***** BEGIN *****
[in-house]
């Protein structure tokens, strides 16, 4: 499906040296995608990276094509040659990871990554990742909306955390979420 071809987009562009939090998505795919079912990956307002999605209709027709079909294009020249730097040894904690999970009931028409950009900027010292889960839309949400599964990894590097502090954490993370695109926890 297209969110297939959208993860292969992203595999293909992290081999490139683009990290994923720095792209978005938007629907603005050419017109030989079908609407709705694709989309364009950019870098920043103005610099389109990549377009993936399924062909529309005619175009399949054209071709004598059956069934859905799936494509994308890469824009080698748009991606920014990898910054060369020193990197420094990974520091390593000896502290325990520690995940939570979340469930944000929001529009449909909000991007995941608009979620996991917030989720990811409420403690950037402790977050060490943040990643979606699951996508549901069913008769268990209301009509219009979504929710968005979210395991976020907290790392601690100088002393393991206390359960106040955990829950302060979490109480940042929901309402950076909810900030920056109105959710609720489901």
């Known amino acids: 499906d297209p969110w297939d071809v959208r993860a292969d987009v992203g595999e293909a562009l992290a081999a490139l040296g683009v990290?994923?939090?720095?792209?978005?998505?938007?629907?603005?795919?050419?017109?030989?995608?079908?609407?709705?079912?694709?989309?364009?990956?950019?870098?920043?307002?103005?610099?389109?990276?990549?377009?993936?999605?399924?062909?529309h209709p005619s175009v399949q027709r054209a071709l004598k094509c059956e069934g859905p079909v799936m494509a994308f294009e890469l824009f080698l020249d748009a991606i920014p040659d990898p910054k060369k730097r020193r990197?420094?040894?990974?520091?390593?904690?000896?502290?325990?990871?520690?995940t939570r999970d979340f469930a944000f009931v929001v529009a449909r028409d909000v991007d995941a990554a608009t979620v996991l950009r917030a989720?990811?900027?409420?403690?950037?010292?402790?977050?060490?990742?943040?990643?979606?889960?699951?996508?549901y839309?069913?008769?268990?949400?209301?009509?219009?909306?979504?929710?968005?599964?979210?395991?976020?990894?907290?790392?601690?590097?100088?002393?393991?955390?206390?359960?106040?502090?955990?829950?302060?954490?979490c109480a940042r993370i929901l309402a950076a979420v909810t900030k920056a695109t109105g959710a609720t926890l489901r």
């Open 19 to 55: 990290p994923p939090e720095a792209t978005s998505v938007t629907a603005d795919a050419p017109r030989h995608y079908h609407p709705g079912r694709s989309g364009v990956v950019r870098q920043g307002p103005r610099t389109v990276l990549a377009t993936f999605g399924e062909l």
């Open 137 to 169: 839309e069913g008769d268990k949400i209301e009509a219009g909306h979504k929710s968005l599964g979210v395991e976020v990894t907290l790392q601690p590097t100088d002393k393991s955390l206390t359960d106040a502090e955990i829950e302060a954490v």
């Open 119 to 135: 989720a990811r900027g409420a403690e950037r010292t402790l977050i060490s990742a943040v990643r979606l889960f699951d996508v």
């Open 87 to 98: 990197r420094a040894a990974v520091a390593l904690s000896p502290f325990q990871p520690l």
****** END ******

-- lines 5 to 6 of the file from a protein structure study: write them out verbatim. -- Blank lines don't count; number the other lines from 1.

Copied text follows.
């Open 137 to 169: 839309e069913g008769d268990k949400i209301e009509a219009g909306h979504k929710s968005l599964g979210v395991e976020v990894t907290l790392q601690p590097t100088d002393k393991s955390l206390t359960d106040a502090e955990i829950e302060a954490v």
């Open 119 to 135: 989720a990811r900027g409420a403690e950037r010292t402790l977050i060490s990742a943040v990643r979606l889960f699951d996508v």